When the Dyson report was released last year – which found that Diana, Princess of Wales, had been lured into the 1995 Panorama interview by “fraudulent behaviour” – her son, Prince William, spoke about how that whole experience was “contributed significantly to her anxiety, paranoia and isolation that I remember from those past few years with her.” It painted a sad and sad picture, not only of what Diana went through, but of her sons as well.
Prince William was 13 when his mother gave this interview. She had reportedly assured him before the show that there was nothing to worry about, but he was furious and embarrassed when she saw it at boarding school as she opened up about Charles Hewitt and her own infidelity.
This week, 25 years after Diana’s death in a car crash in Paris, William is a grown man, father of three children and a key player in royal decisions such as the removal of his uncle, Prince Andrew, from the front line.
William is now 40, four years older than his mother when she died and apparently not only older but also more mature. There is perhaps a consistency in the son that the mother, who was engaged to the heir apparent when she was just 19, could never match.
While both William and his brother Harry have spoken out about the devastating effects of their sudden loss, there is less to say about its impact on them in life. Yes, she gave them the ample and open affection that her father’s family was known to find difficult, but her sadness and heartache must have had an impact too. Perhaps this was reflected most clearly in the choice of the princes’ wives.
While one drew on the trauma of his mother’s life and death to create calm around himself, the other seems fueled to stoke the flames of controversy, with his wife seemingly similarly motivated.
The start of the now-massive rift between William and Harry, as has often been reported, began when the older sibling advised the younger to take it easy with his new girlfriend Meghan Markle.
Harry apparently took this as criticism of Meghan and, as seems to have been his habit ever since, took the hump.
Not foolishly, William pounced on Kate Middleton, whom he first met as a student at St Andrews in the early 2000s. According to some accounts, she was the least pushy of the young women around him, which may have been part of her attraction. The romance started quietly, and he ended it for a while in 2007, partly out of fear of the public fever for a royal wedding that had too quickly propelled his mother into an unhappy marriage.
Before their marriage in 2011, much of the attention given to Kate Middleton was fairly perceptive, centered on her mother’s career as a flight attendant and apparent social ambitions for her daughters. Over time, however, William’s wife has earned respect and affection, not just for her warmth and ready laugh, but for making the second in line to the throne a happy man.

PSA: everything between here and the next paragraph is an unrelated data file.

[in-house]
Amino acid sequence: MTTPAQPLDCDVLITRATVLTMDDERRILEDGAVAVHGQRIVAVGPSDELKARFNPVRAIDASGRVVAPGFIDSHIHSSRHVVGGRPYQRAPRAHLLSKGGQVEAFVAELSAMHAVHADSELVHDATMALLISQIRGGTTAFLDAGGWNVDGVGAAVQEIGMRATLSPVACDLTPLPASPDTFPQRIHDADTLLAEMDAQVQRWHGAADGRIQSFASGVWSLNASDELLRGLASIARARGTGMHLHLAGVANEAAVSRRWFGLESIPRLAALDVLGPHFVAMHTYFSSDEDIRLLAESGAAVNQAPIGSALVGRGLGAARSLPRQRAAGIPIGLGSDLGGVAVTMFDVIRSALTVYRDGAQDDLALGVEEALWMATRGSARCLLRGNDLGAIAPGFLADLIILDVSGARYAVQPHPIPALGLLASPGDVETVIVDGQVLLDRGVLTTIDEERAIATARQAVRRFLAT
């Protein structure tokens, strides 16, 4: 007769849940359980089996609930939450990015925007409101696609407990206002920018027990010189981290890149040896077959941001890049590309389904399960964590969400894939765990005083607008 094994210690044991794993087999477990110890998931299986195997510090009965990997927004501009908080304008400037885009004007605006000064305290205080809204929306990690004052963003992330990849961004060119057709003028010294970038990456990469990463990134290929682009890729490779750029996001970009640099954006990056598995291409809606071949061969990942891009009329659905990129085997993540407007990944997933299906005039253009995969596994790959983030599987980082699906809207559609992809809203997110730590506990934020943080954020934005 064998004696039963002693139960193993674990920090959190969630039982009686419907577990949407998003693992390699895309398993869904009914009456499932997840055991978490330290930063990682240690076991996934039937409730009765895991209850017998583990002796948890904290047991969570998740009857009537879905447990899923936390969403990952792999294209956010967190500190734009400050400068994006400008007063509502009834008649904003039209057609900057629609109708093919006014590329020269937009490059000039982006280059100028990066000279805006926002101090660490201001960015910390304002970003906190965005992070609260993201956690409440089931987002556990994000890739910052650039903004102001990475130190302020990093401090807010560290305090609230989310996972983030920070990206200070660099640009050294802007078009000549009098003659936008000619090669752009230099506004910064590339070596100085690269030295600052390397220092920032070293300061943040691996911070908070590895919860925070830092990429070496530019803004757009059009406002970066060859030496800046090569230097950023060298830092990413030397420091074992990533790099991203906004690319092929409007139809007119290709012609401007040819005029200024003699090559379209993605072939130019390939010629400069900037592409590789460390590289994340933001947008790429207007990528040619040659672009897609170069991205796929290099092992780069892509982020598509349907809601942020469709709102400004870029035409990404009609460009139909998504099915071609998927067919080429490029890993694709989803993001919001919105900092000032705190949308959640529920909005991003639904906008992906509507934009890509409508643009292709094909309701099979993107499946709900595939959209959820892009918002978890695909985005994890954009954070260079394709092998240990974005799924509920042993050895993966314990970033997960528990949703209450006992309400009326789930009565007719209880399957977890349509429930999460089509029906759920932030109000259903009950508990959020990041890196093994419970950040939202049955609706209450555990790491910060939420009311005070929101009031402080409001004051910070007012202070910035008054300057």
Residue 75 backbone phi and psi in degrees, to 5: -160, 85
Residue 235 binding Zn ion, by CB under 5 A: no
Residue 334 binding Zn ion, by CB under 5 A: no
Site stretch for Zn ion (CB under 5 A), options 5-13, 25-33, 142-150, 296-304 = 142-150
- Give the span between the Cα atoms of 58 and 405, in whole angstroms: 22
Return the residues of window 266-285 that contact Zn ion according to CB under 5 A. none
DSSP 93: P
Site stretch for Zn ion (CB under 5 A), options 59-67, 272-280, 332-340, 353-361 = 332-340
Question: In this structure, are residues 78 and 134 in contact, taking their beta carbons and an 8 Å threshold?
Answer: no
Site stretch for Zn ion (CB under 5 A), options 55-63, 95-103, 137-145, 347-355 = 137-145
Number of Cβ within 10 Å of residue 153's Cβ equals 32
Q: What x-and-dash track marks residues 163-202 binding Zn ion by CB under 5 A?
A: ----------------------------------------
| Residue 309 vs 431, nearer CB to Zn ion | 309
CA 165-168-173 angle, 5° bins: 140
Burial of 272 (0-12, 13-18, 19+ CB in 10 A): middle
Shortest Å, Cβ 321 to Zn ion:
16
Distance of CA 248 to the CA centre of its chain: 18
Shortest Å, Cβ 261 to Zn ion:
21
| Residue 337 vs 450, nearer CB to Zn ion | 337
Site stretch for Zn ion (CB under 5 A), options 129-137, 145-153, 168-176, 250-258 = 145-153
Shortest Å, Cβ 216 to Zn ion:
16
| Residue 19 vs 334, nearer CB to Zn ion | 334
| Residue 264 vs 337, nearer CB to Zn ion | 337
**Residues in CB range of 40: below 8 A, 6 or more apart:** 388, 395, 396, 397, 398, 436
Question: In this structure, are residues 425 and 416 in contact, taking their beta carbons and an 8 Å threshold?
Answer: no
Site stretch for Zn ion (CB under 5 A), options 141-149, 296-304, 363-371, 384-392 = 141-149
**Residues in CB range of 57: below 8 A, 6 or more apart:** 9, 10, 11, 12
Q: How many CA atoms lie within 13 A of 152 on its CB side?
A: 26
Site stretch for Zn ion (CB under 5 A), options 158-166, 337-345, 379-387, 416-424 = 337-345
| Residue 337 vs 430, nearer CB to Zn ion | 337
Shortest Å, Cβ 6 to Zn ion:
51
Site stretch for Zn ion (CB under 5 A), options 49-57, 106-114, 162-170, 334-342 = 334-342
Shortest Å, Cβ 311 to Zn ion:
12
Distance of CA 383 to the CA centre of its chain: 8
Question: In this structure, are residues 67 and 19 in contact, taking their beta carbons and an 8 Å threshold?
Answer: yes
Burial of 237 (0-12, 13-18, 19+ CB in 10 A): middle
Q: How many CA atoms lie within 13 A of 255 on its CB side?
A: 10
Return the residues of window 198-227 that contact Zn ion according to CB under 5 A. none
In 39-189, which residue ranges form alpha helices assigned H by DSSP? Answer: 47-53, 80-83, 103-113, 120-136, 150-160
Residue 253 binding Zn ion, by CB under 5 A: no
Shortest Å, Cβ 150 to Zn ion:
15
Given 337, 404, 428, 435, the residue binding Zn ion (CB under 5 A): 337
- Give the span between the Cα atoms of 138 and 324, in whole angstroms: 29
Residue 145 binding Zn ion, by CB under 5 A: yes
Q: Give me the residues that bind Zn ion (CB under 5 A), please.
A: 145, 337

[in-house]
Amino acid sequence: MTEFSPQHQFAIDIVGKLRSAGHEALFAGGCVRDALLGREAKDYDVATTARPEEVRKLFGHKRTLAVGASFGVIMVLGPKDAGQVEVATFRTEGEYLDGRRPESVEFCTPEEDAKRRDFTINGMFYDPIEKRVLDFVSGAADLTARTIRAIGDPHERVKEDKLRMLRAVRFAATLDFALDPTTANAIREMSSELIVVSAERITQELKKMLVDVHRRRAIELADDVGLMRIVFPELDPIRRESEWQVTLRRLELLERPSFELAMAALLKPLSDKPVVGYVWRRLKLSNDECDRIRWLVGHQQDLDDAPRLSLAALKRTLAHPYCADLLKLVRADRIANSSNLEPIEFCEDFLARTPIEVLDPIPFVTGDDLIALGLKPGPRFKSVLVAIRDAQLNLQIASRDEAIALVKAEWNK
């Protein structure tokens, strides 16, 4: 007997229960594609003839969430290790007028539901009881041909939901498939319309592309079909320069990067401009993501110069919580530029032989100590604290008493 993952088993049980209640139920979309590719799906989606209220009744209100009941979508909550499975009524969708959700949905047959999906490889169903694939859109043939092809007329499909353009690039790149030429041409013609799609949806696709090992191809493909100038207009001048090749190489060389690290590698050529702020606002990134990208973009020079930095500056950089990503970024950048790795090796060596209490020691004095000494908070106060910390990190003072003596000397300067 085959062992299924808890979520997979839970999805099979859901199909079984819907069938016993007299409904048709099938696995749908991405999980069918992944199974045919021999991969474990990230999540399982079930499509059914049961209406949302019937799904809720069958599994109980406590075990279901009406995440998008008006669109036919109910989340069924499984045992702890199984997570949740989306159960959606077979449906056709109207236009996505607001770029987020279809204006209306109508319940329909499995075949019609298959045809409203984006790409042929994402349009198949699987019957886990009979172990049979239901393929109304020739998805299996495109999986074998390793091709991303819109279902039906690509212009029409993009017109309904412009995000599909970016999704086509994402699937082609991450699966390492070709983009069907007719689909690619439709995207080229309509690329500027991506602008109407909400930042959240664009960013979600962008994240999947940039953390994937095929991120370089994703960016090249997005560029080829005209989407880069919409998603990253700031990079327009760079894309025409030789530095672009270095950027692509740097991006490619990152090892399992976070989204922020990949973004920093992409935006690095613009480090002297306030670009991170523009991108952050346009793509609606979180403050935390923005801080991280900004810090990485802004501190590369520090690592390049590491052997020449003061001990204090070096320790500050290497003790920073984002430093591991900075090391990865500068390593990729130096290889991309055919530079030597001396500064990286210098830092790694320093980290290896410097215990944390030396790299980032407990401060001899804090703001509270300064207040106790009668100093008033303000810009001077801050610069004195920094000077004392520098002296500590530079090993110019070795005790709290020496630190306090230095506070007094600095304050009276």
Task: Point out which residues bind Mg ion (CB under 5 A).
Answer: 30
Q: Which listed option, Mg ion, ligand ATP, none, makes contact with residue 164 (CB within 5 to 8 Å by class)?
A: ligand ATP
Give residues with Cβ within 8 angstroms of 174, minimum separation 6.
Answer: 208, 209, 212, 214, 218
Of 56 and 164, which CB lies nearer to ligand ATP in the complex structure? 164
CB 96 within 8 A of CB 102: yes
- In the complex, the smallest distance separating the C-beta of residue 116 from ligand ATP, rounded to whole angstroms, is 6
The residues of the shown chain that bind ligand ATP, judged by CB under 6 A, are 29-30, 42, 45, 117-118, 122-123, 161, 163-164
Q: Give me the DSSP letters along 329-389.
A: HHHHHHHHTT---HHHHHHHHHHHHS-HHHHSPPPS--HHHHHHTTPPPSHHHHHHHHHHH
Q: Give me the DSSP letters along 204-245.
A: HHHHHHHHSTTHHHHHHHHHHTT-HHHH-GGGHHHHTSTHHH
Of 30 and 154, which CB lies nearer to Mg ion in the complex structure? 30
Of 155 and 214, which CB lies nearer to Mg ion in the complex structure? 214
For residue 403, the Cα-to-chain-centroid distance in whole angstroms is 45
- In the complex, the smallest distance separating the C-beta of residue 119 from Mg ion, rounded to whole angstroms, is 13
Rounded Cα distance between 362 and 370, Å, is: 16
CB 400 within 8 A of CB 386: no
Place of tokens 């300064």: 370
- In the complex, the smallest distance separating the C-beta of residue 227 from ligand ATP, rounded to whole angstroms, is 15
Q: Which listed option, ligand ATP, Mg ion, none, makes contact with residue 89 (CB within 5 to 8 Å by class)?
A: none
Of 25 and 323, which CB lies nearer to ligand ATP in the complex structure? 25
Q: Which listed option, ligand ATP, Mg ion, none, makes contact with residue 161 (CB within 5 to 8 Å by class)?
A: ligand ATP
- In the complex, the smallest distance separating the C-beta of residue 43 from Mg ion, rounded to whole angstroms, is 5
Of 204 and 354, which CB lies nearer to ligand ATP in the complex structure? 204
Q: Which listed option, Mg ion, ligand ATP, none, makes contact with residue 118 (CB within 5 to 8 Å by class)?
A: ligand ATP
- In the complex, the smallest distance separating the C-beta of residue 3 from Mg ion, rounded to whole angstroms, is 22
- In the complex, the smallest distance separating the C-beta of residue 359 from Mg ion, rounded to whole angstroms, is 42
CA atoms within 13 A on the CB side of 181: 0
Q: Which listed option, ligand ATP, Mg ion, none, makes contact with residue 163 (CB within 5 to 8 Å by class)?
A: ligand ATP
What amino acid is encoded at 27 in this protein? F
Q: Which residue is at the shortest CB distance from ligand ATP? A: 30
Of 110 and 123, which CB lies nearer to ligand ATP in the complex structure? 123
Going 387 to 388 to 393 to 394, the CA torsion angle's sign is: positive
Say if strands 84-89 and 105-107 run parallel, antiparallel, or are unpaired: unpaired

He watched his mother in agony. He tried to help her. He couldn’t, but William’s takeaway is to take a very different path. He has a lot of his mother’s warmth, as does Kate, but it’s an old-school strain that’s not so busy racking up popularity points or chasing likes. Diana’s legacy to him was perhaps to warn him about the drama, while Harry – well, this drama doesn’t seem to have an end.
Just last week, on the first installment of Archetypes with Meghanthe long-awaited podcast for Spotify, she told her guest and close friend Serena Williams about when a fire broke out in her baby’s bedroom during her first royal tour in South Africa.
Baby Archie wasn’t in the room at the time, by the way, but Meghan’s point was the heartless way she and Harry were supposed to carry on to their next appointment afterwards. Tiny violins have been removed from their cases around the world.
Harry had to poke his head into Meghan’s podcast chat to say hello, like one of those celebrity cameos Neighbors. He sounded lively, but lively isn’t exactly the brand that Harry has cultivated.
He left top royalty for happiness and certainly he seems to love his wife and their two young children, but Harry’s main concern is rehashing his first family unhappiness and endlessly seeking healing in his charisma Find.
So far, what you might call his wife’s American “if you feel it, say it” approach has landed them podcast, memoir and Netflix deals, but how long can that last and where will Harry be then?
His mother might have told him if she had survived the hardship and drama of her time with the Windsors. Instead, Diana died at the height of world interest in the wrongs done to her by her in-laws. Harry, who was just 12 when he lost her, may have found drama to be his comfort zone in her absence.
said Diana in it panorama Interview that she “wouldn’t walk quietly,” but in two years she was gone. She was no longer an active problem for the Windsors, but her impact lives on, not least in their sons – and their spouses.
https://www.independent.ie/opinion/comment/princess-dianas-legacy-lives-on-in-her-sons-and-their-choice-of-wives-41941748.html Princess Diana’s legacy lives on in her sons and the choice of her wives